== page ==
A Case of Fournier's Gangrene

Sara E. Champion, MSN, RN, FNP-C, CUNP


Urol Nurs. 2007;27(4):296-299. 

In This Article

Introduction and Etiology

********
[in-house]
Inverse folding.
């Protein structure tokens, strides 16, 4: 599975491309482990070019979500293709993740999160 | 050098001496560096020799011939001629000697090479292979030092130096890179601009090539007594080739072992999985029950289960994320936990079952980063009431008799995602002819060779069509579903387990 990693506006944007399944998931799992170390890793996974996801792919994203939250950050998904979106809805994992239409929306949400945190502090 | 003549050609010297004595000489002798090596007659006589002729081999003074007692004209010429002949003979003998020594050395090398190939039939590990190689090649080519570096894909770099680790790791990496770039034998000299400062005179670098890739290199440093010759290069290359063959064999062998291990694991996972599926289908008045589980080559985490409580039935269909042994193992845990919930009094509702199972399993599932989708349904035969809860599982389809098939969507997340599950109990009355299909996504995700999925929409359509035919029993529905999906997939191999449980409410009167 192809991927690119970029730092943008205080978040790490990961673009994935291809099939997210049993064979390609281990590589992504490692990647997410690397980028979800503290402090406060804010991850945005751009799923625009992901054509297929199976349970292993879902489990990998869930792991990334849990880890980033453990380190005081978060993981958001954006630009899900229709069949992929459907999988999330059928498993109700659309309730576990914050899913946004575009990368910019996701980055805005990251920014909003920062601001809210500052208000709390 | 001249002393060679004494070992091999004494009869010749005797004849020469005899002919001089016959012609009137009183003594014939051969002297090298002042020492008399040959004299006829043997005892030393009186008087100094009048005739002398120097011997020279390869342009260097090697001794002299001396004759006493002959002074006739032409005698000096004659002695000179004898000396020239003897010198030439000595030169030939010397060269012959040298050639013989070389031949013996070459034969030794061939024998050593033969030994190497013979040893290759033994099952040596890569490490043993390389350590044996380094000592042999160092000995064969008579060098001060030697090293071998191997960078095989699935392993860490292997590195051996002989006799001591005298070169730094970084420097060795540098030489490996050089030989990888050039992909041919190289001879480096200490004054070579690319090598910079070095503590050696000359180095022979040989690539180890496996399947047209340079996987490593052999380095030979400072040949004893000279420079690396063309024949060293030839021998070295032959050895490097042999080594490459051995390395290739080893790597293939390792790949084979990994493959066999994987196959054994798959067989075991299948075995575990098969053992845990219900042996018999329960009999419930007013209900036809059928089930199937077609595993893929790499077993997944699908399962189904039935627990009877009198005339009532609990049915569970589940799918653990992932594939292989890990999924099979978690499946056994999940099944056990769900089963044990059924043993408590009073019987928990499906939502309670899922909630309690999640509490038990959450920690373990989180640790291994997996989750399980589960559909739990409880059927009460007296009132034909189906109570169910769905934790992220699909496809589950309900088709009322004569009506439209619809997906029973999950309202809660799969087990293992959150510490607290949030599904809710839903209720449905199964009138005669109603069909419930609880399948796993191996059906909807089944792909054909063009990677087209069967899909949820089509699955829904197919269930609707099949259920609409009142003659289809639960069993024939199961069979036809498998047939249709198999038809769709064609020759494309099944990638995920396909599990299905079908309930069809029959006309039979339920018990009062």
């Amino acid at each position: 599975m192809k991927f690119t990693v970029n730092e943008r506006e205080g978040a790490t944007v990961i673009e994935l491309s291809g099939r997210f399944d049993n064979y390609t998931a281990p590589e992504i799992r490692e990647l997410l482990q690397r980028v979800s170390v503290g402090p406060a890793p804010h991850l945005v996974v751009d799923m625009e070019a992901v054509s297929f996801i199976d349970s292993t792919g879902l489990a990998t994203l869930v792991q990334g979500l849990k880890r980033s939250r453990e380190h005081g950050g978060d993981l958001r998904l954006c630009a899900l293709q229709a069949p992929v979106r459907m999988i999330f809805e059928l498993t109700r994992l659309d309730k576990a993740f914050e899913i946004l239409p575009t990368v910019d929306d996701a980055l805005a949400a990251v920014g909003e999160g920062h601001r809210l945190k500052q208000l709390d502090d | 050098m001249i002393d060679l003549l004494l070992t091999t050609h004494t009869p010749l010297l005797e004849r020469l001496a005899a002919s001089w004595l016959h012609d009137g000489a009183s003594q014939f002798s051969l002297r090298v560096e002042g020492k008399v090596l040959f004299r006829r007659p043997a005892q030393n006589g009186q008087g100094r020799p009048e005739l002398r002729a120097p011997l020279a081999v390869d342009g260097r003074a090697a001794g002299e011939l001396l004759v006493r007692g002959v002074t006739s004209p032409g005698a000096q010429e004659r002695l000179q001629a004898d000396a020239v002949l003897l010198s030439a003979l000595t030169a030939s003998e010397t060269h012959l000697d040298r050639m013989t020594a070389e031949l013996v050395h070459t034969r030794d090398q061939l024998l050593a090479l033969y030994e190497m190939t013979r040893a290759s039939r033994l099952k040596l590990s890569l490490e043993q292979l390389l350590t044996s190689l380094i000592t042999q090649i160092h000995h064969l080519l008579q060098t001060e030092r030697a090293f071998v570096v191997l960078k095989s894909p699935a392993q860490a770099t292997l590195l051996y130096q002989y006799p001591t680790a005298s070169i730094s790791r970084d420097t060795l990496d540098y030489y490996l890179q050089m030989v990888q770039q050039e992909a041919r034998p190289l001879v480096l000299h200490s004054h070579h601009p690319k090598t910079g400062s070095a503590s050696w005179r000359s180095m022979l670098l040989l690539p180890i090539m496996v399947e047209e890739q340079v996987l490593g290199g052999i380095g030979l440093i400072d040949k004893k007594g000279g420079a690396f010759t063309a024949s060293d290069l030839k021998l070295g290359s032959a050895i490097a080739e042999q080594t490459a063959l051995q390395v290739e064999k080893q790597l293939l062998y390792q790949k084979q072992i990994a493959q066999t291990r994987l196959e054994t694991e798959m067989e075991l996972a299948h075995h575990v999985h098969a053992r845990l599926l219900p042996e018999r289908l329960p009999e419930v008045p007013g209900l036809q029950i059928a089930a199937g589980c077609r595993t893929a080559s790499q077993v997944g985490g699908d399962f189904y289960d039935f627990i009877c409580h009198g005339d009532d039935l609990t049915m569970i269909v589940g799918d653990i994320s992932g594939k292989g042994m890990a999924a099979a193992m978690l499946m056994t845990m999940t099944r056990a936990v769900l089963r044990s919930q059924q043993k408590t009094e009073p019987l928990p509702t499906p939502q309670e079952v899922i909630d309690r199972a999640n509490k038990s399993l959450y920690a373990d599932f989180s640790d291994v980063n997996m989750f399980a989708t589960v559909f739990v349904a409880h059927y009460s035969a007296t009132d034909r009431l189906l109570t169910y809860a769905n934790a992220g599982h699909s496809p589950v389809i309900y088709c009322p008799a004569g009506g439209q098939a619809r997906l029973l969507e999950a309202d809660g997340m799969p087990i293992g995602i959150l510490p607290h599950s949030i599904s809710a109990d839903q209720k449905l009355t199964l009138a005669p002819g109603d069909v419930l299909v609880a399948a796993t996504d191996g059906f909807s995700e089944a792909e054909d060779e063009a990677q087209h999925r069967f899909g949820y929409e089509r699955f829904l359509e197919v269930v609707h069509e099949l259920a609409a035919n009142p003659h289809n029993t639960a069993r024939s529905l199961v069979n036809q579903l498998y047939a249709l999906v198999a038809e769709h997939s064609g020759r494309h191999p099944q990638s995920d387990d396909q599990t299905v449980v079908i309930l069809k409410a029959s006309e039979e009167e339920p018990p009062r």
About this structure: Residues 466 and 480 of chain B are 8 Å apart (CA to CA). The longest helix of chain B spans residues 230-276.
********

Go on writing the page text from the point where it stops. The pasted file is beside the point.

Necrotizing fasciitis is a rare, life-threatening illness. Fournier's gangrene is specific to necrotizing fasciitis of the genital or perineal area. Its name comes from the French venereologist, Dr. Jean Alfred Fournier (MedicineNet, Inc., 2007), who is credited with first identifying it in 1883. Fournier's is observed in people of all ages, with the mean age being 50, and is more commonly found in males than females with a 10:1 ratio (Thomsen & Legome, 2005; Yalamarthi & Dayal, 2006). The occurrence within the general population is believed to be 0.4/100,000 adults and 0.08/ 100,000 children (Trent & Kirsner, 2002). The mortality rate of 4% to 75% is reported in the literature. However, rates between 25% and 35% are most commonly reported and increase with extremes of age, delay in diagnosis or treatment, and presence of preexisting medical conditions (Thomsen & Legome, 2005). Various bacteria have been identified with necrotizing fasciitis (see Table 1 ). But, the mechanism of tissue destruction is usually the same, and involves both aerobic and anaerobic microbes working synergistically. Aided by the release of bacterial toxins and enzymes, including collagenases and hya luronidases, these organisms cause the formation of thrombi within the blood vessels leading to eventual tissue death. Anae robic bacteria fueled via the byproducts of aerobic bacteria accelerate the necrosis along fascial planes as rapidly as 2 to 3 cm/hour (Neary, 2005). The release of gaseous waste products by anaerobic bacteria assists in diagnosis of the disease.


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